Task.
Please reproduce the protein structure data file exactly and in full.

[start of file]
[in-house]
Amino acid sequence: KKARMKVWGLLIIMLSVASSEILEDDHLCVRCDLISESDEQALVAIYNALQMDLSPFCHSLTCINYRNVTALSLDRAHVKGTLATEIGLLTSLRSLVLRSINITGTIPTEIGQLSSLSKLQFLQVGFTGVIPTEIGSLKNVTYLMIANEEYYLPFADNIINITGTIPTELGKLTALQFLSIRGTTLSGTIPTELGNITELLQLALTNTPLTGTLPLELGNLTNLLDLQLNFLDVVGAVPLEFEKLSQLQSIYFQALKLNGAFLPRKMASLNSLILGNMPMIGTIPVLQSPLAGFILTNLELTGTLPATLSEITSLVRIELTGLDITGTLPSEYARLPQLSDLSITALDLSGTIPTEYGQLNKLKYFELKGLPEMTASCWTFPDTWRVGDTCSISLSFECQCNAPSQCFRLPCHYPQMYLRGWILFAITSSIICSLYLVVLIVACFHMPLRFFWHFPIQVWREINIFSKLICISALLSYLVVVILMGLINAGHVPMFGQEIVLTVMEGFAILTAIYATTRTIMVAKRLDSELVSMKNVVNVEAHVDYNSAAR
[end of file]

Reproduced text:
[in-house]
Amino acid sequence: KKARMKVWGLLIIMLSVASSEILEDDHLCVRCDLISESDEQALVAIYNALQMDLSPFCHSLTCINYRNVTALSLDRAHVKGTLATEIGLLTSLRSLVLRSINITGTIPTEIGQLSSLSKLQFLQVGFTGVIPTEIGSLKNVTYLMIANEEYYLPFADNIINITGTIPTELGKLTALQFLSIRGTTLSGTIPTELGNITELLQLALTNTPLTGTLPLELGNLTNLLDLQLNFLDVVGAVPLEFEKLSQLQSIYFQALKLNGAFLPRKMASLNSLILGNMPMIGTIPVLQSPLAGFILTNLELTGTLPATLSEITSLVRIELTGLDITGTLPSEYARLPQLSDLSITALDLSGTIPTEYGQLNKLKYFELKGLPEMTASCWTFPDTWRVGDTCSISLSFECQCNAPSQCFRLPCHYPQMYLRGWILFAITSSIICSLYLVVLIVACFHMPLRFFWHFPIQVWREINIFSKLICISALLSYLVVVILMGLINAGHVPMFGQEIVLTVMEGFAILTAIYATTRTIMVAKRLDSELVSMKNVVNVEAHVDYNSAAR